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swbtmis



Joined: 14 Feb 2010
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Post Posted: Sun Nov 04, 2012 12:12 am      Post subject:
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what about names in he GORAL? would they follow similar patterns as other areas of early POLAND?
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Jednoralski
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Post Posted: Sun Nov 04, 2012 3:58 pm      Post subject:
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What about the Surname, 'Jednoralski' in the Zalno area of Poland?
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BobK
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Post Posted: Sun Nov 04, 2012 7:32 pm      Post subject:
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Zenon wrote:
How many times have you discovered that the date of birth of your grandparents differed by a few years in ship manifest from the original baptism record found later in parish church? And how many versions of "your" surname do you have in your family tree Smile Question



All my German ancestors were born in various areas of Poland, so I assume they were influenced similarly.

My grandmother's oldest brother, remained in Poland and had 11 children and he used 3 different surnames at various times. Eggert, Ilgert & Elgert. It makes my genalogy chart look odd. Shocked
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Mary Pate



Joined: 01 Nov 2008
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Location: Overland Park, KS

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Post Posted: Thu Jun 30, 2016 11:31 am      Post subject:
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I have researched many parish records through LDS films in the old Poznan Province and in eastern Galicia. Particularly in Kcynia (Exin. under German control(old Poznan Province), before 1800, I found few surnames; therefore. could not identify many of my ancestors with certainty. Possibly, it was only nobility that had surnames there earlier. Strangely, to me, there were more surnames earlier in the Galicia area under Austrian control.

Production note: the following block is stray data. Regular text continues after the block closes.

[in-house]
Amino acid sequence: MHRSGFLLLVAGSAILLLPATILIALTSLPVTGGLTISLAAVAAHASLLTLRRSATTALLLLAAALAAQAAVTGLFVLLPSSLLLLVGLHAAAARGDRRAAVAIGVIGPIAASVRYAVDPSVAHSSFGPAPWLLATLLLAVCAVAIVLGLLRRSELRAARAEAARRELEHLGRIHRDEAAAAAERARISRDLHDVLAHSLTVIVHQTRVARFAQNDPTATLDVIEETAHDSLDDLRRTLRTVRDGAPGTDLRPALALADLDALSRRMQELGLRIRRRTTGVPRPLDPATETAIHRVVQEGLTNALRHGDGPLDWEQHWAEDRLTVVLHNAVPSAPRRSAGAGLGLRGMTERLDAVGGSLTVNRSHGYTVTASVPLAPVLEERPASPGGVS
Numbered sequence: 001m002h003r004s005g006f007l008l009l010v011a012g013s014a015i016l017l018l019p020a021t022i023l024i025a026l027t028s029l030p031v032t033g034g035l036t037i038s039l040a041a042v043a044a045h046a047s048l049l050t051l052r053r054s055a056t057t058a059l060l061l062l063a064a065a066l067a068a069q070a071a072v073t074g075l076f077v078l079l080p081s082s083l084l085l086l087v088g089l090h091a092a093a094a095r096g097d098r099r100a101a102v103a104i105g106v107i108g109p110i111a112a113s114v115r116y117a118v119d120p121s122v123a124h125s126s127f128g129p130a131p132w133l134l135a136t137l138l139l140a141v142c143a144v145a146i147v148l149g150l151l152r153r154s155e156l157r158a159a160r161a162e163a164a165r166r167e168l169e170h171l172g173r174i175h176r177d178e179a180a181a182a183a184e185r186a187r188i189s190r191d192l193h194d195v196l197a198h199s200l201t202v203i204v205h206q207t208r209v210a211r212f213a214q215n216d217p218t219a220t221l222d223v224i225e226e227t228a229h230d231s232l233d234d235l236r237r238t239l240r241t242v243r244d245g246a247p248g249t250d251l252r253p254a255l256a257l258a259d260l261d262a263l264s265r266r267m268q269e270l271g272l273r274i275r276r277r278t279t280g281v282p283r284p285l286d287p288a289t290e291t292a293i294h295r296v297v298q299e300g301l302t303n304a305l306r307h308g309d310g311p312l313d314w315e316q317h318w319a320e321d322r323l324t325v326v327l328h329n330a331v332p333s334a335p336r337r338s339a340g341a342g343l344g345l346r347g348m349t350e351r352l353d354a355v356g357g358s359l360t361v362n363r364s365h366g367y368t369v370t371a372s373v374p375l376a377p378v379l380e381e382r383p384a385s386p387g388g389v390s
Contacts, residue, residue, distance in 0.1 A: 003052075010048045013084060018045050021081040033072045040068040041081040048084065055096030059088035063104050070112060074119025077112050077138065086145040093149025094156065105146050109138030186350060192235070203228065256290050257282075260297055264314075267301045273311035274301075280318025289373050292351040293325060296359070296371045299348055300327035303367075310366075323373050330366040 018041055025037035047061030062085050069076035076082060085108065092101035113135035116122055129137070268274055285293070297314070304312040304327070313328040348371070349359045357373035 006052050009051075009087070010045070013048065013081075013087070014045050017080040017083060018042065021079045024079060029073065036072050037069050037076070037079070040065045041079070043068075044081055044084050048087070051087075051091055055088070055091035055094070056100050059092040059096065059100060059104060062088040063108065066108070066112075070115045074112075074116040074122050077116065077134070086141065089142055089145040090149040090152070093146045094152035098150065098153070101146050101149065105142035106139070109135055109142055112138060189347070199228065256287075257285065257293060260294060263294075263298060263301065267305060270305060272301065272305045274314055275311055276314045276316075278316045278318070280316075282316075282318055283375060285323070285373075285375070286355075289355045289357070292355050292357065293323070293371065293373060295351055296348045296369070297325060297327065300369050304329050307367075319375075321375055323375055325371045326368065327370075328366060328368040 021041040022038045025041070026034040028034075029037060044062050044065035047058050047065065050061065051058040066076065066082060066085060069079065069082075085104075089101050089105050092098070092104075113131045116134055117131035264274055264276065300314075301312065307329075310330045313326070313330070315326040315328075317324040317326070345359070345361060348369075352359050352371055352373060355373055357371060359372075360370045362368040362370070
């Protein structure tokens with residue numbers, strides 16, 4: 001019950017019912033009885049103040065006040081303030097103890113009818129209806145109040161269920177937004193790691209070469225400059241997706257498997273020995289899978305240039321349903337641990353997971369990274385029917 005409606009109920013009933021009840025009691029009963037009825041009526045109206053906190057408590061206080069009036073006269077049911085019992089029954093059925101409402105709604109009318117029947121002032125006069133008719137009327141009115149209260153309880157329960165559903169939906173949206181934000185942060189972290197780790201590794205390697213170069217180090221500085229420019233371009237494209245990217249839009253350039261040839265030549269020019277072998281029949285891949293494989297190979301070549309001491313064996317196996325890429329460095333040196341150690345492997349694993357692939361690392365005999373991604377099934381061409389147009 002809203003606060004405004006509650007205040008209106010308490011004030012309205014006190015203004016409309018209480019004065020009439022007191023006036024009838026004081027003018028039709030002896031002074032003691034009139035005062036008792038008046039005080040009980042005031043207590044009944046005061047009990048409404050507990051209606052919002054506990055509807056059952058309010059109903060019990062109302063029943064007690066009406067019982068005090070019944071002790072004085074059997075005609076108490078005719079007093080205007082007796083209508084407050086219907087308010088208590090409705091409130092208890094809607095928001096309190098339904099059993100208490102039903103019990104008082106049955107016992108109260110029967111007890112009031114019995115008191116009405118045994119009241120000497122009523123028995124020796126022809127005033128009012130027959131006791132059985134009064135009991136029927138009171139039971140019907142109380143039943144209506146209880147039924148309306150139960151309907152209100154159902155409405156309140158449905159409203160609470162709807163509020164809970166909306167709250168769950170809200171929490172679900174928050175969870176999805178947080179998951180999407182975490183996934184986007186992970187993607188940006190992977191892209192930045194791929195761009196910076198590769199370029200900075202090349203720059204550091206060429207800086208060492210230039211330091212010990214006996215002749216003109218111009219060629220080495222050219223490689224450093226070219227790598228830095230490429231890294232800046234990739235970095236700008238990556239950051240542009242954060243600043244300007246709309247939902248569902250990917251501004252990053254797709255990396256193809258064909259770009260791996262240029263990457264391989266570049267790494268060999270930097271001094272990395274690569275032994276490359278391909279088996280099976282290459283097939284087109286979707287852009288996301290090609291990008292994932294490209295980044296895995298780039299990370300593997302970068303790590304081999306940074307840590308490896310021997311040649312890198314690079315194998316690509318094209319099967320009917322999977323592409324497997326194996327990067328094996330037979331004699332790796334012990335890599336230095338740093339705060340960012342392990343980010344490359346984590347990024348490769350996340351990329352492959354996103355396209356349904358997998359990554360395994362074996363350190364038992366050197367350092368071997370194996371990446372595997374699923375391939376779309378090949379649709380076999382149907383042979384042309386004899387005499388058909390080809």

Mary
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ossnhughie
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Post Posted: Thu Jun 30, 2016 5:42 pm      Post subject: Surnames amongst nobility
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I have a mixed class backround in my Polish heritage. My maternal Grandfather's fathers side (Michalkiewicz, Swirkowska, Narkiewicz, Subotowicz and Niewiadomski and Maximowicz) were of peasant/farmer origin. His mother Weronika Szymkiewicz was (from what I have found so far, her ancestry has been all members of the szlachta from Troki, Wilkomierz and Kowno countries (or is it deaneries?).
I have heard surnames were first found among the nobility. Is this the case?

Hugh

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Felicia



Joined: 03 Jan 2011
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Location: Chicago, Illinois

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Post Posted: Mon Jul 18, 2016 7:43 pm      Post subject:
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My maiden name is Podwojski. From what I read in my book about Polish surnames, it is archaic and comes from the office of a minor church official. If that is true, why the "ski" at the end. Was that just tacked on at some point and if so, what would the actual office have been called? Podwoj? I also read on one site that the first use of the name appears in the medieval period I think. From all that I have read here, it looks like my ancestor search could be a real headache indeed!

Felicia
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rosied51



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Post Posted: Sat Jan 27, 2018 2:42 pm      Post subject: Torun or Koscierzyna
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On my gr grandparents info are the names of these two towns, and I am wondering if anyone can tell me anything about them, the families related are Stencel and Gadomski.